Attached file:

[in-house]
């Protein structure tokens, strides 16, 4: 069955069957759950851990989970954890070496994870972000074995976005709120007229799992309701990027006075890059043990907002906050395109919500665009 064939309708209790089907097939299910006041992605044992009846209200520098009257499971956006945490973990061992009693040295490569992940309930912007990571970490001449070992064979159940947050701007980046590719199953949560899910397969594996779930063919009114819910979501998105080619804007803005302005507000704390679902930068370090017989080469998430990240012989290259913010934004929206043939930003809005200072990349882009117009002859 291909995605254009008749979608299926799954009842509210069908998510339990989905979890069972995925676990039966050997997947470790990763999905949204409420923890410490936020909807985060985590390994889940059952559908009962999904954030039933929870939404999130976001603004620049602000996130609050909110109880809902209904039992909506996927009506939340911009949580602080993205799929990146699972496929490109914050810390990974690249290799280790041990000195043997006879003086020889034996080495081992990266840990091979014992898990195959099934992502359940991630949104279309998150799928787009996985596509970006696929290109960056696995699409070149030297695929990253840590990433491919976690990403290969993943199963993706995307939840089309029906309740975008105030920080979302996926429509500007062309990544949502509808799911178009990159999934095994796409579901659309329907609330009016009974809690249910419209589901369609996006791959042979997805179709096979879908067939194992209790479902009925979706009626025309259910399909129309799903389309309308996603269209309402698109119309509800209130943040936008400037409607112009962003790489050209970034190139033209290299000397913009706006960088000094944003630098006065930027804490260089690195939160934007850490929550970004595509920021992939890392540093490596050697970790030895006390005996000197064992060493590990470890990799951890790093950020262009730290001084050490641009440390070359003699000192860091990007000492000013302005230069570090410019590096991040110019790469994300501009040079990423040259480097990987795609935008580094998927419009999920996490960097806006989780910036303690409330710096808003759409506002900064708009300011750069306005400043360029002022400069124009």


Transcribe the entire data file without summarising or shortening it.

[in-house]
């Protein structure tokens, strides 16, 4: 069955069957759950851990989970954890070496994870972000074995976005709120007229799992309701990027006075890059043990907002906050395109919500665009 064939309708209790089907097939299910006041992605044992009846209200520098009257499971956006945490973990061992009693040295490569992940309930912007990571970490001449070992064979159940947050701007980046590719199953949560899910397969594996779930063919009114819910979501998105080619804007803005302005507000704390679902930068370090017989080469998430990240012989290259913010934004929206043939930003809005200072990349882009117009002859 291909995605254009008749979608299926799954009842509210069908998510339990989905979890069972995925676990039966050997997947470790990763999905949204409420923890410490936020909807985060985590390994889940059952559908009962999904954030039933929870939404999130976001603004620049602000996130609050909110109880809902209904039992909506996927009506939340911009949580602080993205799929990146699972496929490109914050810390990974690249290799280790041990000195043997006879003086020889034996080495081992990266840990091979014992898990195959099934992502359940991630949104279309998150799928787009996985596509970006696929290109960056696995699409070149030297695929990253840590990433491919976690990403290969993943199963993706995307939840089309029906309740975008105030920080979302996926429509500007062309990544949502509808799911178009990159999934095994796409579901659309329907609330009016009974809690249910419209589901369609996006791959042979997805179709096979879908067939194992209790479902009925979706009626025309259910399909129309799903389309309308996603269209309402698109119309509800209130943040936008400037409607112009962003790489050209970034190139033209290299000397913009706006960088000094944003630098006065930027804490260089690195939160934007850490929550970004595509920021992939890392540093490596050697970790030895006390005996000197064992060493590990470890990799951890790093950020262009730290001084050490641009440390070359003699000192860091990007000492000013302005230069570090410019590096991040110019790469994300501009040079990423040259480097990987795609935008580094998927419009999920996490960097806006989780910036303690409330710096808003759409506002900064708009300011750069306005400043360029002022400069124009």